In Case You Have or Are Interested in Breasts


Over the weekend I read A History of the Breast by Marilyn Yalom, which should be required reading for anyone with breasts or an interest in them, which I realize doesn't cover everyone but covers a lot of people. The book was fascinating, and full of memorable illustrations and photos, including a set depicting a "Bosom Ballet." It told me many things I'd never considered which were obvious once they were pointed out to me, like the significance of the name for the kind of animal we are: mammalia, coined by 18th-century Swedish physician Carolus Linnaeus, comes from the Latin term mammae (milk-secreting organs) and literally means "of the breast." So as a group, warm-blooded animals with a four-chambered heart are named for an attribute only half of them share: the ability to produce milk for suckling their young.

It also answered a question I'd been wondering about lately: Why is that galaxy up in the sky most of us can't see any more because our night skies are so marred by light pollution, called "the Milky Way"? Why is it considered milky? Why not "the Sparkly Belt"? Why not a lot of things?

Well. Turns out we have Greek mythology to thank for the name. Yalom states,

It was believed that mortals could become immortal if they were suckled at the breast of the queen of goddesses. So, when Zeus wanted his son Hercules--whose mother was the mortal Alcmena--to have immortality, he had him placed quietly at Hera's breast while she was sleeping. But Hercules sucks so vigorously that she was awakened and realized he was not her own child. Indignant, she drew the breast away with such force that the milk spurted into the heavens and created the Milky Way.

I also learned that large breasts have not always been considered the "crown jewels of femininity," as Yalom puts it; turns out that in the renaissance, breasts were best if they were "small, white, round like apples, hard, firm, and wide apart." Thought you'd want to know.

And I learned quite a few things that fairly upset me, one being the origin of the phrase "tits on a tray." I had always heard the phrase used to describe very upright, obvious breasts, intentionally supported and showcased to be, well, in your face. (It wasn't necessarily the most female-friendly way of talking about female bodies, but I could live with it.) But it turns out that Saint Agatha, an early Christian martyr whose death included having her breasts mutilated and removed by Roman soldiers, is often depicted in religious iconography as carrying her tits on a tray. There are two paintings of her included in the book; one shows her with her arms tied over her head to a tree limb; she's smiling and nubile as this soldier fits a giant set of clippers around her breast. The depiction of extreme and brutal violence on a woman who sports a "come hither" smile makes the painting pornographic, if you ask me, in ways the "Bosom Ballet" could never be. The other painting shows Agatha, well, carrying her tits on a tray. She's fully clothed and appears healthy, and the tits on the tray are free of blood or gore--they look like tidy little currant-adorned puddings or something, which she's preparing to serve the viewer. Anyway, needless to say, if someone uses that phrase in my hearing in the future, I'll ask them please not to do it again, because whatever it might mean now, its origins are too violent and misogynist.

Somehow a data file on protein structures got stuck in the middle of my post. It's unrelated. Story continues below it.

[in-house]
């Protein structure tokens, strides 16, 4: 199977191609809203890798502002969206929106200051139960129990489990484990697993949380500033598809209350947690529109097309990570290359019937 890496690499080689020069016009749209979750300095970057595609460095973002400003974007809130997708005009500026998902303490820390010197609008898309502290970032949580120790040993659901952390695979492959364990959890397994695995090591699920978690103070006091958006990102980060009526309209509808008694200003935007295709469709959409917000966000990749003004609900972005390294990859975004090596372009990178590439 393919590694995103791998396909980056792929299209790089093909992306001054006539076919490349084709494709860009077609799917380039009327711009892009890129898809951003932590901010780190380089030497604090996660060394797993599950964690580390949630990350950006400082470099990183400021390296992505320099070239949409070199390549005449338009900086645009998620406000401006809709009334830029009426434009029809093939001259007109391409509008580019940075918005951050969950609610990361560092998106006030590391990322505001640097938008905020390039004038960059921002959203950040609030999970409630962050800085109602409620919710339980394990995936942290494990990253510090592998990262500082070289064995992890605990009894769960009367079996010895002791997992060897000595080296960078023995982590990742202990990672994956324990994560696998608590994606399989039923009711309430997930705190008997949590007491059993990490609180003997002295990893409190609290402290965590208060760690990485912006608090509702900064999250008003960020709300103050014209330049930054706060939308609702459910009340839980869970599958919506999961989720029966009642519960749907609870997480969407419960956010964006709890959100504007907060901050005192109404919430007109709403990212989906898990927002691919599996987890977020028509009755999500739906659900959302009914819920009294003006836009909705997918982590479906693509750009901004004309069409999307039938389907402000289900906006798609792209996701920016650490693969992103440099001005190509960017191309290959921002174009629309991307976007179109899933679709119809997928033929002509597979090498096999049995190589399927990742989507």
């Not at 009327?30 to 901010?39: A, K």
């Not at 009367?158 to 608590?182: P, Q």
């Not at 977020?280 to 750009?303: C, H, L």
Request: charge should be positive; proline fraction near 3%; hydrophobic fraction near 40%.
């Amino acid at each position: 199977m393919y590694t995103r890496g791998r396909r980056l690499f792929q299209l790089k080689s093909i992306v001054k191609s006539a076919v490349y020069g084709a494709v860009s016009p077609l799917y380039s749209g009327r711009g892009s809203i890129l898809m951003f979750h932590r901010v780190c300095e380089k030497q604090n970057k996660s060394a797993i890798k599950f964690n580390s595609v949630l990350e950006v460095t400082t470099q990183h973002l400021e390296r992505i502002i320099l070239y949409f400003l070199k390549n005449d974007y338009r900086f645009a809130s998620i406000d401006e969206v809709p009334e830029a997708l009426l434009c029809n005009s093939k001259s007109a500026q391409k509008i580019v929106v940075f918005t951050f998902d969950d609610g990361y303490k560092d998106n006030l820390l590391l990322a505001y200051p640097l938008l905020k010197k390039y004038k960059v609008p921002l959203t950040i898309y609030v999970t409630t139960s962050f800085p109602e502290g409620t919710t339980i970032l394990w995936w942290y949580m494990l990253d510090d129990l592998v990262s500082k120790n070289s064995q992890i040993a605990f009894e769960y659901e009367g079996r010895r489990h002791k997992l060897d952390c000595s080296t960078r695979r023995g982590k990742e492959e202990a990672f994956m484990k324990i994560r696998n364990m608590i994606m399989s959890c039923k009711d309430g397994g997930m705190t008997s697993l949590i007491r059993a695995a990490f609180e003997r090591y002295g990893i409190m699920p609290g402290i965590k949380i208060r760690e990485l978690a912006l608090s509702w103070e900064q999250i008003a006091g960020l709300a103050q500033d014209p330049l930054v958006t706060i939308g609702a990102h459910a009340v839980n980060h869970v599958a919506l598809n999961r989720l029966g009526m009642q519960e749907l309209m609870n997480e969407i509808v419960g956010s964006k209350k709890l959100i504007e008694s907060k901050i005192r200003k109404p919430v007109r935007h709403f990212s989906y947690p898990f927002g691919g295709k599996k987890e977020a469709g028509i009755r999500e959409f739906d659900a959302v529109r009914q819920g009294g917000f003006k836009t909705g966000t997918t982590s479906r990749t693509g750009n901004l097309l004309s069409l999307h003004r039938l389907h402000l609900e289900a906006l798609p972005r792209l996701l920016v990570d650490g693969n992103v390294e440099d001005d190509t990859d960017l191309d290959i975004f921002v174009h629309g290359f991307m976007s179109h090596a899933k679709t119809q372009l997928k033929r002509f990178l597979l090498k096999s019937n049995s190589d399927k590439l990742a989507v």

Yalom discusses the fact that for most of history, discussions of the breast has been conducted by and for men, just as depictions of breasts have been generally been created by and for men. This is one reason she approves of the Bosom Ballet, which I have to say I also found hilarious; it's created by a lesbian, Annie Sprinkle, and if I understand Yalom's analysis correctly, the point is not to titillate, but to "[debunk] the traditional ‘ivory-orb' vision of breasts" by showing real breasts and the way they sag, bounce, respond to pressure, etc.

Yalom's feminist and women-centric agenda is announced in the table of contents, which includes the following chapters:

1. The Sacred Breast: Goddesses, Priestesses, Biblical Women, Saints, and Madonnas

2. The Erotic Breast: "Orbs of Heavenly Frame"

3. The Domestic Breast: A Dutch Interlude

4. The Political Breast: Bosoms for the Nation

5. The Psychological Breast: Minding the Body

6. The Commercialized Breast: From Corsets to Cyber-Sex

7. The Medical Breast: Life-Giver and Life-Destroyer

8. The Liberated Breast: Politics, Poetry, and Pictures

9. The Breast in Crisis

Yalom manages to set forth a coherent, logical chain of meaning and history that includes attention to everything from shifting attitudes towards breast feeding, depictions and exploitation of breasts during wartime (including the differences among the French icon of Liberte, also known as Marianne, the English icon Britannia, and the American symbol Columbia, as well as the practice of painting bare-breasted women on airplanes), and the evolution of breast cancer treatment, to innovations in garments designed to cover or support breasts. I was very interested and quite impressed. I'd even called it a page-turner.


Great review! This book is going straight into my wishlist.

The ABBA breast: Mammalia Mia!
Much better than the Queen musical

Hi I came across to your blog from Rachel's blog Carnival post. Very good and informative book review.

Sounds interesting . . . I'll have to add it to my wishlist!

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This page contains a single entry by Holly published on July 2, 2007 10:15 AM.

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